For clarification, when I use the term ‘CAM’ in this post I am talking about Complimentary and Alternative Medicine
‘EBM’ on the other hand refers to Evidence Based Medicine
Evidence Based Medicine is hugely influential in the implementation of modern healthcare and is becoming increasingly important in the integration of complimentary therapies such as Acupuncture into the mainstream. This subject can get a bit controversial so I thought it would be a good idea to explain a little bit about it and to present my general position on the subject.
Evidence based medicine is used by policy makers (like the NHS) to help inform decisions on how healthcare should be administered. Clinical trials are carried out on a given treatment method to try to establish if it is providing benefit or causing harm. Several clinical trials are then analysed together using established methodology such as Systematic Reviews and Meta Analysis. Conclusions drawn from this are then used to help inform decisions of if / how the treatment method in question should be used in practice by healthcare providers.
Clinical trials themselves come in various different forms. Placebo controlled triple blind randomised controlled trials (RCT’s) for example, attempt to tightly control the number of variables that are present to examine specific details about the effect that the treatment in question is having. Pragmatic trials at the other end of the scale collect information on the use of a treatment in the ‘real world’ setting of routine clinical practice. Each of these and everything in between can tell us something slightly different and provide useful points of view.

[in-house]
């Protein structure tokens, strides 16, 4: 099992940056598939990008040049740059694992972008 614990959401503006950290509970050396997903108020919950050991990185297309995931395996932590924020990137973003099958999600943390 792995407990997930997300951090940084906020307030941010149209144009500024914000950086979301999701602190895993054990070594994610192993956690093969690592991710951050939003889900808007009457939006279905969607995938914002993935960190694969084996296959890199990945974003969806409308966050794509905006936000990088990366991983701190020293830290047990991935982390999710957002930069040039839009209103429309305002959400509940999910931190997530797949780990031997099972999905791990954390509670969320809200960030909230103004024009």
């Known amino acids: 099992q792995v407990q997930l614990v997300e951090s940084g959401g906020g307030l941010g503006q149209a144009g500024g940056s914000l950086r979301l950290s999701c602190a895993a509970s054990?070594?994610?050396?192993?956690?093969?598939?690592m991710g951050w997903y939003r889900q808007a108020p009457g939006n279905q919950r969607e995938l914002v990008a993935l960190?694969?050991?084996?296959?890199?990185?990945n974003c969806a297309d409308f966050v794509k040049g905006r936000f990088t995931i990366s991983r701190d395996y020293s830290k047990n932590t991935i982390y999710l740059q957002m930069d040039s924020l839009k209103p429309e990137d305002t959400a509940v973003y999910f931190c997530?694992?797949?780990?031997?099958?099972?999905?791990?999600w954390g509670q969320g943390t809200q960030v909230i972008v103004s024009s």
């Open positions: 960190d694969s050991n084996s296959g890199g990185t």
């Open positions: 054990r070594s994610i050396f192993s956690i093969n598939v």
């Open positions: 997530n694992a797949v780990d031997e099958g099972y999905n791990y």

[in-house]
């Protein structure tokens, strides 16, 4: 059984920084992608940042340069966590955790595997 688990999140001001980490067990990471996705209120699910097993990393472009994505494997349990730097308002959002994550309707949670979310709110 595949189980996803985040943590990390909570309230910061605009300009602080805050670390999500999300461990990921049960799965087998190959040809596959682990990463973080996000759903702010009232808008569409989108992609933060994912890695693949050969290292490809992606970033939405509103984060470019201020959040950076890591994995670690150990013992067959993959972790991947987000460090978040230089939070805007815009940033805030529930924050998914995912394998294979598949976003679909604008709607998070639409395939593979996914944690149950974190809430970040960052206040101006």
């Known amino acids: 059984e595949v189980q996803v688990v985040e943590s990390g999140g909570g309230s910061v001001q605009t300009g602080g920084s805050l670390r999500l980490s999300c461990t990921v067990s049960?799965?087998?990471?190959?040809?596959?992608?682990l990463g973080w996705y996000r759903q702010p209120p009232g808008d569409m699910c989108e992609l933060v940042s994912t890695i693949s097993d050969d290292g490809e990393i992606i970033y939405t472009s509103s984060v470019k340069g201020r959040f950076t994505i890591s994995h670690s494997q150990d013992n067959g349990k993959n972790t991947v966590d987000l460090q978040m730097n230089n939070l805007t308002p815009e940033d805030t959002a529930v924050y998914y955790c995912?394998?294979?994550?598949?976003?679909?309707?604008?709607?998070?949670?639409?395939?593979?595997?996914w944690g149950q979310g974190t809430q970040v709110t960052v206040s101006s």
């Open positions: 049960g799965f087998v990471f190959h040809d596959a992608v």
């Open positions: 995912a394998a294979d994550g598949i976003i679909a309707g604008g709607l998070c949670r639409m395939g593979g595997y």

One thing that springs to a lot of peoples minds when they think about research is that when you look at one study in isolation, the conclusions drawn are rarely definitive and universally agreed upon. For example, one week you will see a headline in a news paper saying that if we prescribe Drug-X to everyone once they reach middle age, we will all live until we are 150, then a few months later there is another headline saying that if you were to merely walk past a chemist which has Drug-X on it’s shelves, you are soon to meet a sticky end. This type of scenario demonstrates that our knowledge of these subjects is often a developing process and that there are few occasions where you can completely hang your hat on one position or another.
The reliability of media reports on scientific studies and indeed the studies themselves can also be compromised by various factors. So, if you are reading an article about a particular piece of research, it is useful to maintain a critical mind. Here are some examples questions that can be asked:
In my opinion, debates surrounding alternative healthcare topics can often become way too polarised and this can sometimes inhibit peoples ability to make informed and reasoned decisions. Here are two exaggerated example of opposing perspectives:
CAM Fundamentalist: “I have been bitten by a snake, my leg has gone black and two of my toes have fallen off. I am going to turn to Alternative therapy XXXX as it will cure any ailment. I know this because I read about it in a book written by a wise looking old man. All modern health care methods and drugs are bad and will give me horrible side effects.”
Skeptic Fundamentalist: “I’ve been up all night on internet forums debunking stuff and now I have a head ache. I will only use conventional therapies as the have a strong evidence base so I am going to head down to my G.P to get some pain killers. I would never be gullible enough to waste my money on an alternative health practitioner as there is no evidence whatsoever that the treatments that they use are effective. I know this because Richard Dawkins said so. Any other opinion has no scientific basis and is completely irrational.”